Based on the 1986 Stephen King novel of the same name, “It” became a 1990 made-for-TV movie that aired on ABC. As those kinds of productions from that time period go, it wasn’t bad, developing a kind of cult following. However, it was far from perfect.
One of the objectives of a movie remake should be to improve on the original, and the new version of “It” (Warner Brothers/New Line) does so in one funny way. It’s much more amusing than its predecessor, due in large part to the wisecracking character of Richie, played by Finn Wolfhard of “Stranger Things” fame. Every time Richie cracks a joke, even the corny and inappropriate ones, the movie comes to life. Thankfully, the jokes are delivered at a rapid pace.
Richie and his fellow nerdy friends Bill (Jaeden Lieberher), Eddie (Jack Dylan Grazer) and Stanley (Wyatt Oleff) are regularly bullied by ruthless classmate thug Henry (Nicholas Hamilton) and his goons in late `80s Derry, Maine. Henry, who happens to be the son of the town’s sheriff, also strikes fear in the hearts of new kid Ben (Jeremy Ray Taylor), home-schooled contemporary Mike (Chosen Jacobs), and Beverly (Sophia Lillis), a girl with an undeserved reputation. Henry’s violent and vitriolic outbursts are motivated by race, anti-Semitism and misogyny.
Fear is also the thing that binds the lovable losers together. Individually, they struggle with their own private terrors. Beverly is being sexually molested by her father. Bill hasn’t gotten over the mysterious disappearance of his younger brother Georgie (Jackson Robert Scott). Stanley, the son of Derry’s rabbi, can’t prepare for his Bar Mitzvah because the woman in a Modigliani-esque painting terrorizes him. Little does Eddie know that the asthma attacks he suffers from are the byproduct of his controlling mother’s Munchausen syndrome by proxy.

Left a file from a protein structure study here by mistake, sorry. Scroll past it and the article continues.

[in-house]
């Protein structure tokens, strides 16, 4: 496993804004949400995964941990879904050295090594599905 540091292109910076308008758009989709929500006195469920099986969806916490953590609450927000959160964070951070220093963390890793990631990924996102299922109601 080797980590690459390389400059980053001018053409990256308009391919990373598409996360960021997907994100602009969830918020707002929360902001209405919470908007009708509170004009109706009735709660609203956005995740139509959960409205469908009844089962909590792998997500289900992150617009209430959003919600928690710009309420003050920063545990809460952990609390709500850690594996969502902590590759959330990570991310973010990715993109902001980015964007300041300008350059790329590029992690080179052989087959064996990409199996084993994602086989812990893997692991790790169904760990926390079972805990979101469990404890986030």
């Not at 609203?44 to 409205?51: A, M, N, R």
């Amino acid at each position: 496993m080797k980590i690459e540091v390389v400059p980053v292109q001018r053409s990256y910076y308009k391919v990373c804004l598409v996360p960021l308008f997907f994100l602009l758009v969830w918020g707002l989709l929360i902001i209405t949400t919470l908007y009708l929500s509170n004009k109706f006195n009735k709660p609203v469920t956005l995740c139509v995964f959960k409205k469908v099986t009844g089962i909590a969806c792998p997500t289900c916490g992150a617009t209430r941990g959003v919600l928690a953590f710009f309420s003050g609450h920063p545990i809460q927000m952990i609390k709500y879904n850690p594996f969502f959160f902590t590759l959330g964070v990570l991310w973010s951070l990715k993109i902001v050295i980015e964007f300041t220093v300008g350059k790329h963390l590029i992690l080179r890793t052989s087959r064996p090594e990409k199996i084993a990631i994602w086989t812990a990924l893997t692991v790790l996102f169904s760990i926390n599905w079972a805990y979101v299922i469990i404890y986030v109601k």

Feeding on their fears, literally, is shapeshifting, dancing clown Pennywise (Bill Skarsgård). Returning to Derry every 27 years to wreak havoc on the town (and especially the children) and slaughter residents, Pennywise has zeroed in on these particular adolescents and finds a variety of ways to terrify and torment them.
With such promising groundwork – a best selling Stephen King novel and popular TV movie version – it’s shocking how “It” goes wrong in so many ways. Andy Muschietti’s direction is clunky and labored. Why it took three people (Chase Palmer, Cary Fukunaga and Gary Dauberman) to come up with this overly long, boring and not particularly scary screenplay is a mystery. The special effects, while certainly more advanced than what we saw in 1990, are far from special.
Particularly insulting is a bit about references to AIDS (don’t forget, the movie is set in the late 1980s), considering that the movie ends with Richie, Bill and company, taking a blood oath. Whatever you do, don’t miss the closing credits punchline that declares that this is merely “Chapter One”. Rating: C-